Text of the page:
The Kipper Kids in performance, 1985
by Paul H-O
Harry Kipper, Oct. 2-Dec. 1, 2004, at Glenn Horowitz Booksellers, 87 Newtown Lane, East Hampton N.Y. 11937.
The Kipper Kids are counted among the protean performance artists of the post-Pop British art scene. Beginning in 1970, Martin Rochus Sebastian von Halsberg and Brian Routh teamed up at an experimental London drama school, only to find themselves expelled for being a tad too experimental. According to the pair, during a particularly galactic acid trip, they experienced a kind of psychological rebirth, resulting in twins. They became the Kipper Kids.
Notorious for their utterly base and disgusting performances, the Kipper Kids found a ready audience among the European avant-garde. Sporting identical buzz cuts, jockstraps and a kind of extra-extra-large beer-fed athletic girth, they shocked and regaled audiences into stupefied awe. They were violently incoherent. Their performances were deceptively intricate -- identical fiends doing an army-boot minuet. Liquids were drunk and spewed. The audience, splashed or drenched in something awful, knew talent when they smelled it.
The Kipper Kids were thoroughly entertaining (unlike much performance art).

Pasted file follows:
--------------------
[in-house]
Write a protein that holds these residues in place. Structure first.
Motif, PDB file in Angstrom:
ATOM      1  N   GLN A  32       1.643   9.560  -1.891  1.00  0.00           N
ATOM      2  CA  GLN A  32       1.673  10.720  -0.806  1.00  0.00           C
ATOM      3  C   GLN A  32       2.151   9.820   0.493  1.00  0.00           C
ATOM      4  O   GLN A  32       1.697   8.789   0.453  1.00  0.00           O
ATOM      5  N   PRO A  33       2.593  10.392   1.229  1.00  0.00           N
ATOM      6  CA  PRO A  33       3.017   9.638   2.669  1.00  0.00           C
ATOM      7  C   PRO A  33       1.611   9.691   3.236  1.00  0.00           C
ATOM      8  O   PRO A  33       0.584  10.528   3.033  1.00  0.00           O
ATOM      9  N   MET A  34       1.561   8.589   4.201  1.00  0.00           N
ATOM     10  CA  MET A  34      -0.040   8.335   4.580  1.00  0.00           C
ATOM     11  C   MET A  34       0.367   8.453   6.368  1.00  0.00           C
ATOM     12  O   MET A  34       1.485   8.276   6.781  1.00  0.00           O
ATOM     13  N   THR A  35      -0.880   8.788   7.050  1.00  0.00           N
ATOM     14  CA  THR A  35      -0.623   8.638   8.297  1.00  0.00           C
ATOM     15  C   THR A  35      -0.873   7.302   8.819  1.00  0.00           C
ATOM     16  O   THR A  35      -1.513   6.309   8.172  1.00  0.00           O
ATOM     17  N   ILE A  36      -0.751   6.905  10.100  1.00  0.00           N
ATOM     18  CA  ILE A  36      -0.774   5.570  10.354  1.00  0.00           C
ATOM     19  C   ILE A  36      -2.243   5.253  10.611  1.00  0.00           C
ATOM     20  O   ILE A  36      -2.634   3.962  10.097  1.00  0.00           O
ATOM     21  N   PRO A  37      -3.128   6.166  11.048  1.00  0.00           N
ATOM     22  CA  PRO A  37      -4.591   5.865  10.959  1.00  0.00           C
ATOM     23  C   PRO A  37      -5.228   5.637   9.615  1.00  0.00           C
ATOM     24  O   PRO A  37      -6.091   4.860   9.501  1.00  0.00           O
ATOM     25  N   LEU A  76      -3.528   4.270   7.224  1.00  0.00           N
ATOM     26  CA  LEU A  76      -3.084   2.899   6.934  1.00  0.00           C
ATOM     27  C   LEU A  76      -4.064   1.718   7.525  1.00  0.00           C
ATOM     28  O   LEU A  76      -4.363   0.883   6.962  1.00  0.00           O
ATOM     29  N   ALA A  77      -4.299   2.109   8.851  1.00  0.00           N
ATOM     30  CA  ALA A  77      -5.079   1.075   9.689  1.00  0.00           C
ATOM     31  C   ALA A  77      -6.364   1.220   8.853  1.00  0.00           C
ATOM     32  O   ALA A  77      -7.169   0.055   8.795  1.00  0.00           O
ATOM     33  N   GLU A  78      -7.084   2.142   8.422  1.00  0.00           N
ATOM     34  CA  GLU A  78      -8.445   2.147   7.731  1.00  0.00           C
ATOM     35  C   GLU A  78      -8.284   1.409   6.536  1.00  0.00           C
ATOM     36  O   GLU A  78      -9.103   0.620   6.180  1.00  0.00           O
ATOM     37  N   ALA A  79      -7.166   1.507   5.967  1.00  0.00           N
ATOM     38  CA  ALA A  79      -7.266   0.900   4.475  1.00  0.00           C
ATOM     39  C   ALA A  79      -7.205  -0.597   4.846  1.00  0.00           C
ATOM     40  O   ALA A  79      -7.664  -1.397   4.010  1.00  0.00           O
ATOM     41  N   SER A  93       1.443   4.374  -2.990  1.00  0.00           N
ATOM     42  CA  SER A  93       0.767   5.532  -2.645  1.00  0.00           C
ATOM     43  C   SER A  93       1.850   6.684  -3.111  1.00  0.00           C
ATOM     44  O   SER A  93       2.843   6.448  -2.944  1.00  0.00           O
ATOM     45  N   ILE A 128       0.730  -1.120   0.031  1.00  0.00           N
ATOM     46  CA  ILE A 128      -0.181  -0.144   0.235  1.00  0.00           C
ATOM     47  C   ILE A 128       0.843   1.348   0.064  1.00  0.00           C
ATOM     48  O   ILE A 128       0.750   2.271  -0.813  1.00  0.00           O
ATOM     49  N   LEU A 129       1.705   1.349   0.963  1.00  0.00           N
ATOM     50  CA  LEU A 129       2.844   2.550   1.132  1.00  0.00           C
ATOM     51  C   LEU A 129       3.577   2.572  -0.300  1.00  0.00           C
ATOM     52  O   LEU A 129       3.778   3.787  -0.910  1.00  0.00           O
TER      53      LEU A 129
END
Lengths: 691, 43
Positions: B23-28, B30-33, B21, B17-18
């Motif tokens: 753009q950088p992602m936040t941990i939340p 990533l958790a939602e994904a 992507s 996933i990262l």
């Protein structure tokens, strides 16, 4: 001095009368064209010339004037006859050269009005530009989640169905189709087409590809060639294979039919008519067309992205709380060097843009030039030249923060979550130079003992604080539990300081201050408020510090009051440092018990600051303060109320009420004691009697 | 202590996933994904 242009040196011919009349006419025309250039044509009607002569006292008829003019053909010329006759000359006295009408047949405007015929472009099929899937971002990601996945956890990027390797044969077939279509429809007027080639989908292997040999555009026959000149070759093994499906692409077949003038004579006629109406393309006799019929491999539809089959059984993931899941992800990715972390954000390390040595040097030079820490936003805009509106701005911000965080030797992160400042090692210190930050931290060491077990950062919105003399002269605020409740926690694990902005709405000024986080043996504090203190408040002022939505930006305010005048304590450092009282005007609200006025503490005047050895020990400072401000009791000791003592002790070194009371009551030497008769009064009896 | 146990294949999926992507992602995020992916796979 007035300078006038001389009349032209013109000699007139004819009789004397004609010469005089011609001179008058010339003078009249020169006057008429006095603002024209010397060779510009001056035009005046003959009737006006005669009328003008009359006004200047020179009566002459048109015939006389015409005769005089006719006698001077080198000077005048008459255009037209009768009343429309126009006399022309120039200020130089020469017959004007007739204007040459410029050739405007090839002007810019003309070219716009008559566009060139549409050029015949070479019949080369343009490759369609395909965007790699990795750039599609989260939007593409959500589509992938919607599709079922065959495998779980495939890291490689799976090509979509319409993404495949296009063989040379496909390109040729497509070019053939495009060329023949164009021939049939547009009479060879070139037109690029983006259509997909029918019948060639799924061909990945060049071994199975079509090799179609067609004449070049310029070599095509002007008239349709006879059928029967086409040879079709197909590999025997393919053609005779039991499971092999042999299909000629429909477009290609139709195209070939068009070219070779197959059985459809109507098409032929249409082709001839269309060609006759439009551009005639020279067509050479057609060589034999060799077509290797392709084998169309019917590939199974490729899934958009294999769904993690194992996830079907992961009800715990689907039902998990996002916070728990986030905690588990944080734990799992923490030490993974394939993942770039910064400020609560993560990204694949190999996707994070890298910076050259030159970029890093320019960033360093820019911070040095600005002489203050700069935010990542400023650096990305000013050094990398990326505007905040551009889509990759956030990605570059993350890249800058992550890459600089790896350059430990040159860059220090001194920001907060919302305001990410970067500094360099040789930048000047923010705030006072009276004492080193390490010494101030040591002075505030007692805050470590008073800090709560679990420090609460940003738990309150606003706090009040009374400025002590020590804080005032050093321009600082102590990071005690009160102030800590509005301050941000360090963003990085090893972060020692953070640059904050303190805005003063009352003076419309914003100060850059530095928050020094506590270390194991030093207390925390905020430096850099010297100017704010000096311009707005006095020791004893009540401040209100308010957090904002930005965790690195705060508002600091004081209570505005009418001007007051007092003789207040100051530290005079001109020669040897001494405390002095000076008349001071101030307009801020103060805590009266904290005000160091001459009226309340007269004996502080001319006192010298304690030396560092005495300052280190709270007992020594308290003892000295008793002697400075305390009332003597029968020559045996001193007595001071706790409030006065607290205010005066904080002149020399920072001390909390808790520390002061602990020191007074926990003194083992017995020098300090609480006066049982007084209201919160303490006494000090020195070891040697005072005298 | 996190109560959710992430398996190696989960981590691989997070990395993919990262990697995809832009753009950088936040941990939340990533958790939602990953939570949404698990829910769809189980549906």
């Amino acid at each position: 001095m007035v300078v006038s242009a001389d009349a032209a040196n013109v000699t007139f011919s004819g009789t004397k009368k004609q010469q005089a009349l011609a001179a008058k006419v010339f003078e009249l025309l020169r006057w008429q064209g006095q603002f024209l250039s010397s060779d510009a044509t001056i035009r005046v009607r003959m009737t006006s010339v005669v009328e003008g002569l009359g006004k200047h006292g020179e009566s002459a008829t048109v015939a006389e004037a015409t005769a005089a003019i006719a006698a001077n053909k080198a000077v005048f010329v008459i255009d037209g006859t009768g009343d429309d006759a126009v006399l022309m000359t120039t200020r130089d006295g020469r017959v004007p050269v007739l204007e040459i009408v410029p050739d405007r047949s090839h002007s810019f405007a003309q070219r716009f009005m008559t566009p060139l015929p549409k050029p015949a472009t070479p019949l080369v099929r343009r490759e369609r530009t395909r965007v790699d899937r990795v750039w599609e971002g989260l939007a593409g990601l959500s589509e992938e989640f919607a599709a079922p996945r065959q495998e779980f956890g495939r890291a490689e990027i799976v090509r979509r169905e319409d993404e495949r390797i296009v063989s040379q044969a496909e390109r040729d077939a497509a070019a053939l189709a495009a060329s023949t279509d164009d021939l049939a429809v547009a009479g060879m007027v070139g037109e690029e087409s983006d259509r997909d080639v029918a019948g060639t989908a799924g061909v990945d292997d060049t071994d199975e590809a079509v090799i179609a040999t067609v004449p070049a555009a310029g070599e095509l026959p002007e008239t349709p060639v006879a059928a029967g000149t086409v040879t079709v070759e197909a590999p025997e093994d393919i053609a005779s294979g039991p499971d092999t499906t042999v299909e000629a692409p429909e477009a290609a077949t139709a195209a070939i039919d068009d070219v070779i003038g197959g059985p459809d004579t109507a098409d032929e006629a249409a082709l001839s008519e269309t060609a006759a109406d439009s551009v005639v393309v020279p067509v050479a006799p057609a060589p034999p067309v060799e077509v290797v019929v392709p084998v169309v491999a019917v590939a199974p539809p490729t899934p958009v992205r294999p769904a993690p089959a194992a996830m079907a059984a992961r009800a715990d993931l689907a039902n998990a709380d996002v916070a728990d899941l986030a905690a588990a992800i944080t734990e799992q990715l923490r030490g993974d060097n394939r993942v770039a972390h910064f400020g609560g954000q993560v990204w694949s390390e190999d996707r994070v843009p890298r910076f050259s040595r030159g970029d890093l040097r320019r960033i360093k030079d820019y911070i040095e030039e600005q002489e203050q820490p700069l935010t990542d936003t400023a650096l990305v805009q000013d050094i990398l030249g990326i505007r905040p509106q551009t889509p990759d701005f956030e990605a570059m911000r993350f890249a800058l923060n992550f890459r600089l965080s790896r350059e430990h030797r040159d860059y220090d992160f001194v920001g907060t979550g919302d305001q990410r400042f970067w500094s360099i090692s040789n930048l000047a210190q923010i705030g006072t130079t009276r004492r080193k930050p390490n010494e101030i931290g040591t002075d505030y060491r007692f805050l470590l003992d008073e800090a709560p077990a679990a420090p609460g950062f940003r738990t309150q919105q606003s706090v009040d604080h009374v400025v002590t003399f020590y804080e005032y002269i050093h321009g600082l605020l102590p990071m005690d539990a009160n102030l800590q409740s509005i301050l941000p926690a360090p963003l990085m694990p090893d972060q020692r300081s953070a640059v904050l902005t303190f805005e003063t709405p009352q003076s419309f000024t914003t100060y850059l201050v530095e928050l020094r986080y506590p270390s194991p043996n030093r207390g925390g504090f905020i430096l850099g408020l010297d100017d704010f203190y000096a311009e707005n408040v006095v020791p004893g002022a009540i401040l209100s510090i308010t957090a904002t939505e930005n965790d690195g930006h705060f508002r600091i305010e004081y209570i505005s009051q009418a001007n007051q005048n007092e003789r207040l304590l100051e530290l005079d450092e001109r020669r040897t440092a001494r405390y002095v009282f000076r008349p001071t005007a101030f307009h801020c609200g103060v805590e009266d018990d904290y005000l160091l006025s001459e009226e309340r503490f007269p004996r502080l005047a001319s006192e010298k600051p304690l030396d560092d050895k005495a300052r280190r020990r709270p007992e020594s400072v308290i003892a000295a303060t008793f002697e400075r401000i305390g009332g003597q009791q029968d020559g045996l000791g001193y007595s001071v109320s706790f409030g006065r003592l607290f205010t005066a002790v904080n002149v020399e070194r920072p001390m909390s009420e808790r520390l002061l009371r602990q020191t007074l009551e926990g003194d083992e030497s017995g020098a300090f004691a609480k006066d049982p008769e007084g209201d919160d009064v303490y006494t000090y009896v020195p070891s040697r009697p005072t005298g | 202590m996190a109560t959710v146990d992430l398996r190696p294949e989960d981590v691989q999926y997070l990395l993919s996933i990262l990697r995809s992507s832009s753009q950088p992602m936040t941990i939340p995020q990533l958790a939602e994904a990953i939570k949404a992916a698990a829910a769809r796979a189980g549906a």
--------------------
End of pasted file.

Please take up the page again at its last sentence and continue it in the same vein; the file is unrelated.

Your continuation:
Now, von Haselberg, a.k.a. Harry Kipper, is back, with an exhibition of photographs at Glenn Horowitz Bookstsellers in East Hampton, New York. An elegant setting for the discriminating connoisseur of books collectible and otherwise, Horowitz often puts on shows of works by contemporary artists, many of them local residents like Donald Baechler and April Gornik. Its an intimate and crowded setting for an art show, since its an art gallery within a small bookstore.
Von Haselbergs works are a series of self-portraits that bubble with hallucinatory distortions, at a level way beyond the funhouse mirror. In addition to these large (57 x 44 in.) inkjet prints, the artist is exhibiting a selection of smaller, less hallucinogenic Iris-print portraits and some older, more conventional black-and-white photos
Von Haselbergs stoogey faces become a kind of liquid drool, puddling in fleshtone pools that sprout hair in one instance and an eyeball in another. His image explodes like bubble gum. Baroque chandeliers and stained glass windows lurch drunkenly as ecclesiastic stage-props for Von Haselbergs spewing psychedelic meltdown. Old Europe on acid. There is an exuberance not unlike Bugs Bunny at work here.
Below the surface lurks something darker, sad, hermetic. Half a Kipper Kid?
Von Halsbergs portraits are easy to take in on face value. They offer a humorous reality of a flashback for those who know what a flashback is, and if you dont, its still a trip to look at.
PAUL H-O is a New York artist and filmmaker who occasionally writes on art.